I think what Krugman meant there is when debt is already some major share of GDP. I read it as an inversion of Piketty’s r>g notion at least rhetorically, though I’m not sure why he chose to do so.
Krugman is referring to the case where government spending is having only a small effect on economic growth. In this circumstance, ever increasing government spending is required to achieve a small gain in economic growth. If the government’s spending is funded by borrowing then the debt-to-GDP ratio will indeed grow unless the government stops borrowing.
the war of dumb versus dumber
aphoristic mangling of elementary accounting (MMT) versus fundamental ignorance of elementary accounting (mainstream)
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If private banks take up government bond issues then after the government has spent the proceeds into the economy the money supply (customer deposits at private banks) will increase. Kelton is correct to say this should exert downward pressure on interest rates.
However, if the number of bonds available for sale exceeds the number of bonds demanded then bond yields will rise. So under this circumstance Krugman is correct to say this would exert upward pressure on interest rates (and depress demand and indirectly depress investment).
If it is the non-bank private sector that takes up government bond issues (from their savings) then the money supply should not increase and Krugman is correct to say that fiscal expansion does not cause monetary expansion.
It seems to me that whether interest rates rise or fall is entirely contingent on the state of the economy and on policy responses. For this reason, I believe Kelton and Krugman are speculating in areas that are unknowable and are hence arguing pointlessly.
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your comment is one of the best, well written explanations of economics I have ever read. simple, elegant and correct. well done.
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Here is my summary of the Jo M. essay.
SK & PK debate starts politely. Debate gets messy. PK uses IS curve & a line. PK is baffled with SK. SK says an obviously untrue thing. PK has not absorbed MMT. SK cares little about PK. SK not explicit. SK rejects IS/LM relationship. Debate heads downhill. Neither party fixes each other’s heads. PK shifts to IS/LM but LM missing. PK & SK both incorrect. SK make little sense to PK’s world. PK calls SK’s statements a mess. SK hits back at crude IS/LM. Can PK and SK be rescued?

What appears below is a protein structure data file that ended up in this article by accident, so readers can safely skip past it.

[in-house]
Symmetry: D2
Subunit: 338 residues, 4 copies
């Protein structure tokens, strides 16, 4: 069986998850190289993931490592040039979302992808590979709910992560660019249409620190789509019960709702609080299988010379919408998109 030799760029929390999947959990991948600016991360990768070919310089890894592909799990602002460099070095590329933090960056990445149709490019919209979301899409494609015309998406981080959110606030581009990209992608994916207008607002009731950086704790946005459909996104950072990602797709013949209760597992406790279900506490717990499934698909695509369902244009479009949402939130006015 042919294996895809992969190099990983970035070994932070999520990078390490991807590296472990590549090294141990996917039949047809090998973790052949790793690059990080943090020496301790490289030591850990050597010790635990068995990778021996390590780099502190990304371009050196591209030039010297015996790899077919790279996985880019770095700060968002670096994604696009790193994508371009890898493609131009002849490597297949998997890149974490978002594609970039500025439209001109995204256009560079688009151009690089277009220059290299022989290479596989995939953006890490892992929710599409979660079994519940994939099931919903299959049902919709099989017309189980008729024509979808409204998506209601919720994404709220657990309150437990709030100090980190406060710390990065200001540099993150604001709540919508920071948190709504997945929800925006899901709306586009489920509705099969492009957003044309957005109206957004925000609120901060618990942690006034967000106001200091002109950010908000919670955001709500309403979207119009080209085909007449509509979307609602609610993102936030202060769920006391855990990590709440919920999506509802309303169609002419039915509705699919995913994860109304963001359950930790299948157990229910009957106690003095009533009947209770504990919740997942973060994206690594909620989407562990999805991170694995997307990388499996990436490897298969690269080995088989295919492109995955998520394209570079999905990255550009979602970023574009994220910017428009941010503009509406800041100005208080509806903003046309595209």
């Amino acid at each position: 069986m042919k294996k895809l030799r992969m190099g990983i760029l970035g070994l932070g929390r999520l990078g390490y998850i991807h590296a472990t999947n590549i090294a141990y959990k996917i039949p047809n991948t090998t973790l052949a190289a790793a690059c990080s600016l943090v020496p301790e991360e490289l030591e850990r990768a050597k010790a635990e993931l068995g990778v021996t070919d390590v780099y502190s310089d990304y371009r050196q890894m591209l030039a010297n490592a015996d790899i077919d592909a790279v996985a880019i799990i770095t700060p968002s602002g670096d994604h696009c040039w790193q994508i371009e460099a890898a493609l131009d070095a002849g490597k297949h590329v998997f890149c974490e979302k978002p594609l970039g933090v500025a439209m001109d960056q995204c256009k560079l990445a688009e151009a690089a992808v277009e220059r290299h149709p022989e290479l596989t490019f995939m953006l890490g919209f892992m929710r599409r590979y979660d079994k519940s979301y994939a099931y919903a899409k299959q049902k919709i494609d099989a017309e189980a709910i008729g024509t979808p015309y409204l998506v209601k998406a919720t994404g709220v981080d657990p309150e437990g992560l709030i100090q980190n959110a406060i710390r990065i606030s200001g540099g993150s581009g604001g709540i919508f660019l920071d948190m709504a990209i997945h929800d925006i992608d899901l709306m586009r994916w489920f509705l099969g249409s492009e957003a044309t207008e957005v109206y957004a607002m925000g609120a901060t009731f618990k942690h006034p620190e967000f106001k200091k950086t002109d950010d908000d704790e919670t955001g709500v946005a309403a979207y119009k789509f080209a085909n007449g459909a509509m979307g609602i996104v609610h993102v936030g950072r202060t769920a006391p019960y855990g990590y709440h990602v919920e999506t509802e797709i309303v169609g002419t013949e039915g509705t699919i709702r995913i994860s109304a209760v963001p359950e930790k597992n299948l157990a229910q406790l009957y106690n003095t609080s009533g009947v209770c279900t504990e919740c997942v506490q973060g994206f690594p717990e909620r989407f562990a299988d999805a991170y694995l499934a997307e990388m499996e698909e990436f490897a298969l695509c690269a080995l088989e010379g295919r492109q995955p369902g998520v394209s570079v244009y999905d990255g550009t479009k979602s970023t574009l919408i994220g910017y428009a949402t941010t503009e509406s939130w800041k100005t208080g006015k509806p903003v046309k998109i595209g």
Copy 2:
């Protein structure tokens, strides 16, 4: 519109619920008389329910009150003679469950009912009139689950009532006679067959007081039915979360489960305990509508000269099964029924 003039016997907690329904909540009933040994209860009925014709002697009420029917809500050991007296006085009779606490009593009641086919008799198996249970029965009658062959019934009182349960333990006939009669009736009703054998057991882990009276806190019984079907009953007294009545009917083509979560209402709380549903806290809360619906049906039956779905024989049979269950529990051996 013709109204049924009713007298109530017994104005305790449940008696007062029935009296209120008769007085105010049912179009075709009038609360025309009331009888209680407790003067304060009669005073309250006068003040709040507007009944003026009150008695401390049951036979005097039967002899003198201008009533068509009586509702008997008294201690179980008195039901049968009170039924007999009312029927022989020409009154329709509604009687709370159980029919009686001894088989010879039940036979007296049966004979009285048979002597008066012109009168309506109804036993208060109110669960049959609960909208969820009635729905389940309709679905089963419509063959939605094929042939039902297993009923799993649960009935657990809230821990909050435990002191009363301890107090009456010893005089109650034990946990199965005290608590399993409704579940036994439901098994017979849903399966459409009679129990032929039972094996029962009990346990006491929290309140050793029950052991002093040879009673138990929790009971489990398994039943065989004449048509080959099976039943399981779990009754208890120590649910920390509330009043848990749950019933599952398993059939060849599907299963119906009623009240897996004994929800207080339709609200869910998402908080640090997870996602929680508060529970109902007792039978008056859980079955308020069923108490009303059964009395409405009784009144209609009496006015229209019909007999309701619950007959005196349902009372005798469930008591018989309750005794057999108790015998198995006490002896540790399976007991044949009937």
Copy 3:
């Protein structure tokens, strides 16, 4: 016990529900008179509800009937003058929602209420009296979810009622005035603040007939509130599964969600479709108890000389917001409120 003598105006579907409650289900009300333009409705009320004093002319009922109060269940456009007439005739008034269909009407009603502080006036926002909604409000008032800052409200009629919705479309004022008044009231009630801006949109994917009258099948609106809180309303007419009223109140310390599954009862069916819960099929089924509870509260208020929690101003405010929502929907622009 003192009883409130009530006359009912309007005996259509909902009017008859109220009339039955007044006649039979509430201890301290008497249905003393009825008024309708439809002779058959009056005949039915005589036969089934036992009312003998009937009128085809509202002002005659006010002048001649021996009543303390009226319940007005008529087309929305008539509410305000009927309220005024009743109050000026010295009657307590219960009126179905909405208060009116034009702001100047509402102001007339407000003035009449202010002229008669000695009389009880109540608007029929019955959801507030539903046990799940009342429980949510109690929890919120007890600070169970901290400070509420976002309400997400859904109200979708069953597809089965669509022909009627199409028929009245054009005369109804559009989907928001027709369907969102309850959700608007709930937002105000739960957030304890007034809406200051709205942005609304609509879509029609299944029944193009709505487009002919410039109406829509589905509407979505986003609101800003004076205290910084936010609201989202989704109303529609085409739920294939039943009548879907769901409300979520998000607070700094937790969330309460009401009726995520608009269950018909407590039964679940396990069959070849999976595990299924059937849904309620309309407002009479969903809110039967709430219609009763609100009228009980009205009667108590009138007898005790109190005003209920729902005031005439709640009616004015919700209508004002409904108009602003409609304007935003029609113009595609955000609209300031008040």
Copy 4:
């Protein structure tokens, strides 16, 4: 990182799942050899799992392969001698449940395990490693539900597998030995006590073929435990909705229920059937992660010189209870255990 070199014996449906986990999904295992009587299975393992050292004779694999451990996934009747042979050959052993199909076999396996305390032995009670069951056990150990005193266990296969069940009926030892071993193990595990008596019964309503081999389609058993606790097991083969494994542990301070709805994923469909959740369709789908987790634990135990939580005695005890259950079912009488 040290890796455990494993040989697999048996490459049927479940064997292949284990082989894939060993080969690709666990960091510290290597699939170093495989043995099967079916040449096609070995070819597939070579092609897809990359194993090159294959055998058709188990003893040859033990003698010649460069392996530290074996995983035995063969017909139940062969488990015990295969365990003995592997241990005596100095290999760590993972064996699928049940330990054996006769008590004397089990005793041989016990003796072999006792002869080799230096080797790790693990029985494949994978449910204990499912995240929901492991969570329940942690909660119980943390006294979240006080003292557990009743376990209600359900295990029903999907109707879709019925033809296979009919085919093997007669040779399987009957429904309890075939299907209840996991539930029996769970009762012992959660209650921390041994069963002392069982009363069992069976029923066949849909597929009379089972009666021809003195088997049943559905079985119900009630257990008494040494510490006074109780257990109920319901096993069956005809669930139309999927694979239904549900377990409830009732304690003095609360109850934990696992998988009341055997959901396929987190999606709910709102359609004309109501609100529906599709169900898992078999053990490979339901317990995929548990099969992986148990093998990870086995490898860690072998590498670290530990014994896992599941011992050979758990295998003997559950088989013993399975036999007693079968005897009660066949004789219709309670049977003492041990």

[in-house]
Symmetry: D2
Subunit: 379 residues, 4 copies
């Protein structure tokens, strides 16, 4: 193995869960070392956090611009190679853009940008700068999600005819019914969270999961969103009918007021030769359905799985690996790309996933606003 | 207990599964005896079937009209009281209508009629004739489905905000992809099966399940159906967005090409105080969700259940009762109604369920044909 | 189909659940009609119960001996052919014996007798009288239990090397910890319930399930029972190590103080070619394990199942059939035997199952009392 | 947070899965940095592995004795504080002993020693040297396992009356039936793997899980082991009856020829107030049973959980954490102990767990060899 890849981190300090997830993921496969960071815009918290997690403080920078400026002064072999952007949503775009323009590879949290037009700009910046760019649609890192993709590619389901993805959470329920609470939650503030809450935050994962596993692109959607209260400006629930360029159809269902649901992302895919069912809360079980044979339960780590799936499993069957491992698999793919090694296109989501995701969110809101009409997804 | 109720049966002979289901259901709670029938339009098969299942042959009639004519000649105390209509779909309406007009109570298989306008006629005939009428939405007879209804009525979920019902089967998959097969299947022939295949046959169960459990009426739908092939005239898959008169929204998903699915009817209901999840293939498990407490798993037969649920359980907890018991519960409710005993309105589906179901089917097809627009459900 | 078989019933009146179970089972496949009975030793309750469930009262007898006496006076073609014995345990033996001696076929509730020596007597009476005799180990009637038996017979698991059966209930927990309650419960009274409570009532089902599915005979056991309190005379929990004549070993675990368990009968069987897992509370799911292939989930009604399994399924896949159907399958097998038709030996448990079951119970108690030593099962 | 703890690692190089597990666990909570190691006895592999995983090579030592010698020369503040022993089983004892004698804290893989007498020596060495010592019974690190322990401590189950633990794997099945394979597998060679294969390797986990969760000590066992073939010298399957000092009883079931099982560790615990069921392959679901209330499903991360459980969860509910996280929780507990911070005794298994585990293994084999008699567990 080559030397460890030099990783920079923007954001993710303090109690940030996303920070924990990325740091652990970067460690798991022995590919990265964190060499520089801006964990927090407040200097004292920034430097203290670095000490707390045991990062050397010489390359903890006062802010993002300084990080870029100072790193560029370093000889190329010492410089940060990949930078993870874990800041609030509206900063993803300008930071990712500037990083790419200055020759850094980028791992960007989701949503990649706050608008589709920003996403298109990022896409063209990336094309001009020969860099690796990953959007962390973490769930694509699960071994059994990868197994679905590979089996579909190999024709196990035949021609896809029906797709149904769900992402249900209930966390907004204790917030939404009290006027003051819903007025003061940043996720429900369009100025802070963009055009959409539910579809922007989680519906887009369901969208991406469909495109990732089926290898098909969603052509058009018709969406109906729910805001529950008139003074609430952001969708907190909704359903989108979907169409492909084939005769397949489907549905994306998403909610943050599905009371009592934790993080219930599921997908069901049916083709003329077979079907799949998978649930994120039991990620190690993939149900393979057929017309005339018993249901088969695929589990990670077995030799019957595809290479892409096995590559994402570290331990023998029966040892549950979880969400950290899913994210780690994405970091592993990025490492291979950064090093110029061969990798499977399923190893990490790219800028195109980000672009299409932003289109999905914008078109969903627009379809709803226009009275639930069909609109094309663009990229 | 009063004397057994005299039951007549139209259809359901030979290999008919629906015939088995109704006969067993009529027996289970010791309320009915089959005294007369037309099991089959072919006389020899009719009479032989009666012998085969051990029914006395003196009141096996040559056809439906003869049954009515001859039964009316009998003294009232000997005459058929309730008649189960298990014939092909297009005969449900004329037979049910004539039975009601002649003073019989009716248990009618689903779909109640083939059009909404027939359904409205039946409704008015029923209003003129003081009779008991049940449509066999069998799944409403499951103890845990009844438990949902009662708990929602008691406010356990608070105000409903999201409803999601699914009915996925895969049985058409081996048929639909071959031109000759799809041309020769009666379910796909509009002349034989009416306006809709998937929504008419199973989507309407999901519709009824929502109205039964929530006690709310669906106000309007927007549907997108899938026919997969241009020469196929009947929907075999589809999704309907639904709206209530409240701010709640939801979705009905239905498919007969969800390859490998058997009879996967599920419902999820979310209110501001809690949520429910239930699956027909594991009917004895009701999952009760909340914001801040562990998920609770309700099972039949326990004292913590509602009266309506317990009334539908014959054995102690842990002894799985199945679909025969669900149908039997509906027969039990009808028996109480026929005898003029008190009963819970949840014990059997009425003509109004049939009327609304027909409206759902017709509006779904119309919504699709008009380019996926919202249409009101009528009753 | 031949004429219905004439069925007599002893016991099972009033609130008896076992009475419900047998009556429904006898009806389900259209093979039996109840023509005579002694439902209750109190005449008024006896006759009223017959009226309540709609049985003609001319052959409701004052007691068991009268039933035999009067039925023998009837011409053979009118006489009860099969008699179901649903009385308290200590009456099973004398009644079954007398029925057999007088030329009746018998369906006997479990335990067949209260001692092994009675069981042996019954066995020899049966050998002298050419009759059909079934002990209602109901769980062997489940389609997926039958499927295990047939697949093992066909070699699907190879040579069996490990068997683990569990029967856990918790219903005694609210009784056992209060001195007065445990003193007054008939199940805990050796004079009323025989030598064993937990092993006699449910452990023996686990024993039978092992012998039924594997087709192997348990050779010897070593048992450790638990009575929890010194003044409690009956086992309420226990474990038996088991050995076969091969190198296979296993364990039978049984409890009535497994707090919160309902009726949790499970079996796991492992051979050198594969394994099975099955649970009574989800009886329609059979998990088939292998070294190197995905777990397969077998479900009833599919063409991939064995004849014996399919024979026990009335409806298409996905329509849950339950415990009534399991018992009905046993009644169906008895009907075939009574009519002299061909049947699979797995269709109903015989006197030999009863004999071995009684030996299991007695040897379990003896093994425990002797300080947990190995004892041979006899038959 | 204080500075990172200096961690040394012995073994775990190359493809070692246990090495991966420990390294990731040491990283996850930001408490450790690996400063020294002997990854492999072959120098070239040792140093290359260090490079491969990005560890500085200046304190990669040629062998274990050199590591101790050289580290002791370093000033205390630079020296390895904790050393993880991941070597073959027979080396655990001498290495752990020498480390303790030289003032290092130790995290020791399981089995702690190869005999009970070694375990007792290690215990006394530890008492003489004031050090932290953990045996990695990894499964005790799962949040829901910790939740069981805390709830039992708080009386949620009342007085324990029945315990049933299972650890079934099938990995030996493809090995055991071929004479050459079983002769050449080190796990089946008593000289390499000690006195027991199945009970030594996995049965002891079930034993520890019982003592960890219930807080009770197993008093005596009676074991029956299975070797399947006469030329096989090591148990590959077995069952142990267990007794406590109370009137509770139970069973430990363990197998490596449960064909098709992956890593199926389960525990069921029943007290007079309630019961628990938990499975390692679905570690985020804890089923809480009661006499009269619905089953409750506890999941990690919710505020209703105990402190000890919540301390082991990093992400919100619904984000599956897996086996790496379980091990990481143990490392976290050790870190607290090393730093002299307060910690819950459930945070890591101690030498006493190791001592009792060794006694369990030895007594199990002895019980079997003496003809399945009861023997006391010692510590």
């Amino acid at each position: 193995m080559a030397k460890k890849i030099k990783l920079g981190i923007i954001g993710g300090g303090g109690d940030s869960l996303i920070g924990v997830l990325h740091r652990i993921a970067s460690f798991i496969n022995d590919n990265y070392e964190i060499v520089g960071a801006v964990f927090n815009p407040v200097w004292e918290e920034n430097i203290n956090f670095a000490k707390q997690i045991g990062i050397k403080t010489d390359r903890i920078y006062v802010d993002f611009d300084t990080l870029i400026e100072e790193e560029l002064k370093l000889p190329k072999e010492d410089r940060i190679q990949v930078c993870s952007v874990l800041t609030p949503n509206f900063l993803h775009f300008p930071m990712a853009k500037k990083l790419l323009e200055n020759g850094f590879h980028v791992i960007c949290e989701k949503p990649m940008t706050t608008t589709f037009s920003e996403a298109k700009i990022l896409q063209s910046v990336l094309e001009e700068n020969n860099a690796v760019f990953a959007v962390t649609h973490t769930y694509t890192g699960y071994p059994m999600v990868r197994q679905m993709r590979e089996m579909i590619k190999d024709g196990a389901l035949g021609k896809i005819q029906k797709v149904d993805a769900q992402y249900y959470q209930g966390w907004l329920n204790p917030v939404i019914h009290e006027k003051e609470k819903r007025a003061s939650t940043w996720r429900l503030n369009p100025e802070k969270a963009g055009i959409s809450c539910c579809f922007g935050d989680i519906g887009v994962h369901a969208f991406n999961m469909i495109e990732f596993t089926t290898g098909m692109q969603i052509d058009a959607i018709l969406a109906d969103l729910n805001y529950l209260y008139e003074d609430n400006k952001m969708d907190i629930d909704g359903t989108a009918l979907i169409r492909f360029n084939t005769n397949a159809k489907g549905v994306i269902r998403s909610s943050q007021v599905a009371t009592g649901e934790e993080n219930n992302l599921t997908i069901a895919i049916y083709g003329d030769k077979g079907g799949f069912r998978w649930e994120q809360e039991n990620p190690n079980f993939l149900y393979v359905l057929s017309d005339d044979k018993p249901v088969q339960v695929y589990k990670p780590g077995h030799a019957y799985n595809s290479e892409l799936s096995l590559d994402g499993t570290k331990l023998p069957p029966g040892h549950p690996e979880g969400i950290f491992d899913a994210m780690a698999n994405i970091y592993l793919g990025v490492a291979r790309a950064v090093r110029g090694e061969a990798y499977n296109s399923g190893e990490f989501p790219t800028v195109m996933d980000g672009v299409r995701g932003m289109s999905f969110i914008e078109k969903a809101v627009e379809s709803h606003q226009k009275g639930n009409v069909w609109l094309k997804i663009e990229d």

Jo Mitchell now explains: Maybe – reverse engineer MMT using IS/LM. But hold your nose. Mechanical relationships not allowed. It’s complicated. Lurking background given daylight. Enter problematic assumption. Bonds, money, interest, supply – oh my! No upslope so no crudeness – LM good. SK right about IS. In summary: heroic assumption allow IS/LM = MMT. Gov can do what it wants. IS can be anywhere. Central Bank can set where it wants. Was this useful? Not really.
So, SK & PK debate. We deserve better debate. SK & PK need to identify both sides now. Duel assumption debating suggested. SK & PK should address consciousness and sub consciousness. Be meaningful. Don’t ask me. I’m not really useful.
The record since the crisis is clear. While government debt soared globally interest rates headed lower. US Treasury coupon rates to the lowest in their history and in Europe reaching negative numbers thus exceeding the lows of the Black Death period.
Ah, but were the result causal and in which direction? Did low rates bring more or at least grease the skids for more deficits or did large deficits cause the low rates? Or were the results independent of each other?
The answer depends upon what angle you look at the question, from within the bubble. The bubble that is of industrial society dependent upon extracting energy from carbon. While mankind has managed to finesse the need to repay monetary debt nature will not be finessed.